The Type III Secretion System (T3SS) genes must be inactivated in order to isolate and identify additional genes which play an active role in the colonization of the gut in poultry. Datsenko and Wanner have developed a method to inactivate Escherichia coli K-12 chromosomal genes using PCR products. This method has been successfully applied to inactivate genes within Salmonella enterica serovar Typhimurium. In this study T3SS apparatus genes, located within Salmonella pathogenicity islands 1 and 2 (SPI-1 and -2), are targeted for deletion which results in a gene-deletion strain of Salmonella with inactivated T3SS (?T3SS). Following literature review, it appears our study is the first in which portions of the pathogenicity islands will be deleted instead of whole deletions of the pathogenicity islands, leaving specific regulatory genes intact. These regulatory genes may have activating effects outside of the pathogenicity islands which previous studies failed to account for. To determine quality and quantity of bacteria proteins linked to attachment and infection of the gut in poultry, we will develop a time-dependent infection assay to identify proteins isolated from Salmonella at pre-determined time points of infection. The assay consists of individual tissue culture plates that are assigned to specific time points: prior to infection, 0 h infection, 0.5 h post-infection, 1 h post-infection, 1.5 post-infection, 2 h post-infection, 2.5 h post-infection, 3 h post-infection, 3.5 h post-infection, 4 h post-infection, and 24 h post-infection. Results from the tissue culture plates observed as a whole represent a time-line of infection. Small intestinal epithelia cells originially isolated from poultry by BioNutriTech are seeded to the bottom of each well and a solution of the gene-deletion strain of Salmonella (?T3SS) is added to all plates in parallel. At a time point, the epithelia cells are lysed with Triton X-100 and the bacteria are isolated from the cells. Following isolation, the cells are concentrated by centrifugation and the cell pellets are frozen for storage until time for protein prep. This approach collects snapshots of protein expression within Salmonella over the course of infection and comparison of the results detects changes in quality and quantity of its protein profile. To determine bacteria proteins linked to attachment and infection of the gut in poultry, a 2D-liquid chromatography (LC)-mass spectrometry (MS)-based proteomic approach is used to identify proteins isolated from Salmonella following our time-dependent infection assay. All samples are prepared and analyzed by following protocols. Tryptic pepties are separated over a gradient prior to their mass spectrometric analysis. Tandem mass spectrometry (MS/MS) is used to elucidate the chemical structures of the peptides. Raw spectrometry data is processed and matched to a database using Bioworks software. For proteins not in a database, de novo sequencing is performed based on automated MS/MS data acquisition. Our study represents the first systemic investigation of the bacterial proteins associated with gut colonization using a global proteomics approach.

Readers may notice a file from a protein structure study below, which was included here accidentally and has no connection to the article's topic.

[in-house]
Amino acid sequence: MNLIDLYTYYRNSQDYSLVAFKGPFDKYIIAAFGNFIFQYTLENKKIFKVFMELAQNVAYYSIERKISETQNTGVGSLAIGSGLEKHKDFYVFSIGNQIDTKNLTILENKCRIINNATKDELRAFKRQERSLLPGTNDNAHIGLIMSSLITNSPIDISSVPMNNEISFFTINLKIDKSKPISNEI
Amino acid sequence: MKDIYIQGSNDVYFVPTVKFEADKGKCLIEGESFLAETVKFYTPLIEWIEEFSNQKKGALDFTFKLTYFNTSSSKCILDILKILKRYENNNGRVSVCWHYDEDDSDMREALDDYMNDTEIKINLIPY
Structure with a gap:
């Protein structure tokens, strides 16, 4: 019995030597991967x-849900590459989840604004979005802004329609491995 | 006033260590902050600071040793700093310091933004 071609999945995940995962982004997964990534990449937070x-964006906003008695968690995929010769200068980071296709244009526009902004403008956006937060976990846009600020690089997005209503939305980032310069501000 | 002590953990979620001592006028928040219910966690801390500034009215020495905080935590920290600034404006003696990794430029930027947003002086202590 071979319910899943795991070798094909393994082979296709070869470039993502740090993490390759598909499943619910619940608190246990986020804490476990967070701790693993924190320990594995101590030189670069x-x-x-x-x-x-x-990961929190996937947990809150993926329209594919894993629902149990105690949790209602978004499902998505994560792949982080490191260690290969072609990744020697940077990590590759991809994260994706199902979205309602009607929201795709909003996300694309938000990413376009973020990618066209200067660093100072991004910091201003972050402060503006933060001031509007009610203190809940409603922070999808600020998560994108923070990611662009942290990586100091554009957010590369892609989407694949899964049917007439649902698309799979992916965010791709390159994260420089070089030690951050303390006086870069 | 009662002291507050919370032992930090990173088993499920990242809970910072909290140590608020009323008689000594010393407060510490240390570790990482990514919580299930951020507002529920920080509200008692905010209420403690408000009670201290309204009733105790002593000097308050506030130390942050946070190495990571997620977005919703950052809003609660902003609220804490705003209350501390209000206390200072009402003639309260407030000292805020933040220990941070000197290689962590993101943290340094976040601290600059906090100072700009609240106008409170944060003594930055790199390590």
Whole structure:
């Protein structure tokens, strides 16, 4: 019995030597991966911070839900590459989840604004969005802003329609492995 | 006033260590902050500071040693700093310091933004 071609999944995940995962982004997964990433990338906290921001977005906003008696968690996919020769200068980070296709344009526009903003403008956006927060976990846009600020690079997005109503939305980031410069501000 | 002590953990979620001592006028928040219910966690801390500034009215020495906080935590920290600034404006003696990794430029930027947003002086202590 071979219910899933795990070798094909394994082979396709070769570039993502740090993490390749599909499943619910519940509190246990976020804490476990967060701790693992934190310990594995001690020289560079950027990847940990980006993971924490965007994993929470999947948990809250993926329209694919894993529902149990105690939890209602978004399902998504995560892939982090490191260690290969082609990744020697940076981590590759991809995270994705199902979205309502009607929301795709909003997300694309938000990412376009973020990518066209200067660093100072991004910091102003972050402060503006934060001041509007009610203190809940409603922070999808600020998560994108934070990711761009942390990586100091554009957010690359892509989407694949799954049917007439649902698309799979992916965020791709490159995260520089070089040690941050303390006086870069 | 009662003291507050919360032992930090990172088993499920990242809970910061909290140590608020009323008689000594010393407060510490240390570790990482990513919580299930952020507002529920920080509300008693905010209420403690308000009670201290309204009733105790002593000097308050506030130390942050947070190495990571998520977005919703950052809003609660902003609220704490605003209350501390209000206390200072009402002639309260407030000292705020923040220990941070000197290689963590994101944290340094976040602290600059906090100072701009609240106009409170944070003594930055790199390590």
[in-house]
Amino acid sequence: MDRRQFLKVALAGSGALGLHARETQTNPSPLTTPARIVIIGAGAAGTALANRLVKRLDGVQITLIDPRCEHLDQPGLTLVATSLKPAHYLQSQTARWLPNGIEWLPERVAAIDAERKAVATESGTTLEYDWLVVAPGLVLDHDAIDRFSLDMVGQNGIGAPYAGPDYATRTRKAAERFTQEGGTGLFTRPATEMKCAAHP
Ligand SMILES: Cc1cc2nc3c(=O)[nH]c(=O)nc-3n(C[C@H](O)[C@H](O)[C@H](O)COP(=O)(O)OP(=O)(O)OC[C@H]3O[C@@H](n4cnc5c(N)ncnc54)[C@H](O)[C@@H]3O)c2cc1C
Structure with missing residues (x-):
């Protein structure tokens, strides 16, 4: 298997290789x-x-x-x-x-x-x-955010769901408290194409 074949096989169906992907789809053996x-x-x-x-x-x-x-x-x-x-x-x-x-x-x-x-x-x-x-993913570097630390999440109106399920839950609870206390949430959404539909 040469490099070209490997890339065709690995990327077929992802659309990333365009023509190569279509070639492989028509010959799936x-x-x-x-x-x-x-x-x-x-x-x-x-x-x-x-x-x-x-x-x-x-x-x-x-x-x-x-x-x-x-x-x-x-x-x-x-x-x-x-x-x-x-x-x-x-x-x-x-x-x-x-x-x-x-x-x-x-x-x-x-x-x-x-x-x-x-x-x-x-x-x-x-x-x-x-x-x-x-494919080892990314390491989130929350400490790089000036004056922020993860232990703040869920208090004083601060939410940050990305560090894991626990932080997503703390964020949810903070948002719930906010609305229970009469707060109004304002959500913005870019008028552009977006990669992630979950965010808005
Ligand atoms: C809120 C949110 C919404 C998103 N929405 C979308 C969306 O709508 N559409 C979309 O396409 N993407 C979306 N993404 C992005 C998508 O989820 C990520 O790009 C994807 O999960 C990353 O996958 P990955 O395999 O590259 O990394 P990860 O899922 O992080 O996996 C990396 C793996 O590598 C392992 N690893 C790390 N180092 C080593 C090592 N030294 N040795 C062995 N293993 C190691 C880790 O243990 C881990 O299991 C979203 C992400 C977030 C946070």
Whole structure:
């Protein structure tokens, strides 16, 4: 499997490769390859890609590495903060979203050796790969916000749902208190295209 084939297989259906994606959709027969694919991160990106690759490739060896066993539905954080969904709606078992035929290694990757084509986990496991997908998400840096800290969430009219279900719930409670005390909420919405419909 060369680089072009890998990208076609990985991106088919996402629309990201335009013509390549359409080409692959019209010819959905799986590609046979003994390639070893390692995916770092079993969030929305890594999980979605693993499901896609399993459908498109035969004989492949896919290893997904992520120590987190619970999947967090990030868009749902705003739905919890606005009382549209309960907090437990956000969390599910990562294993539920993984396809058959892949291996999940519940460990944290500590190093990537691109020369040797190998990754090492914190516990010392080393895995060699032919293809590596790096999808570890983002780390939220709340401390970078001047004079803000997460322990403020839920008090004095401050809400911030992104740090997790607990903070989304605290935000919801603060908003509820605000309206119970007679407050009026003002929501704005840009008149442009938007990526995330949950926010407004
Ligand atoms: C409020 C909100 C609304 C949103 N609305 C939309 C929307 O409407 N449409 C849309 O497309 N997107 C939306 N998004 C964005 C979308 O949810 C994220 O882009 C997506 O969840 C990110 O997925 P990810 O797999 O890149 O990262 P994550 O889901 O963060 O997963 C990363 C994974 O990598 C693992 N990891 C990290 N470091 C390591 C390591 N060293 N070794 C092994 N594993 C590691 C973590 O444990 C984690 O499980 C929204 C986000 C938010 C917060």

2012/01 TO 2012/12<br/>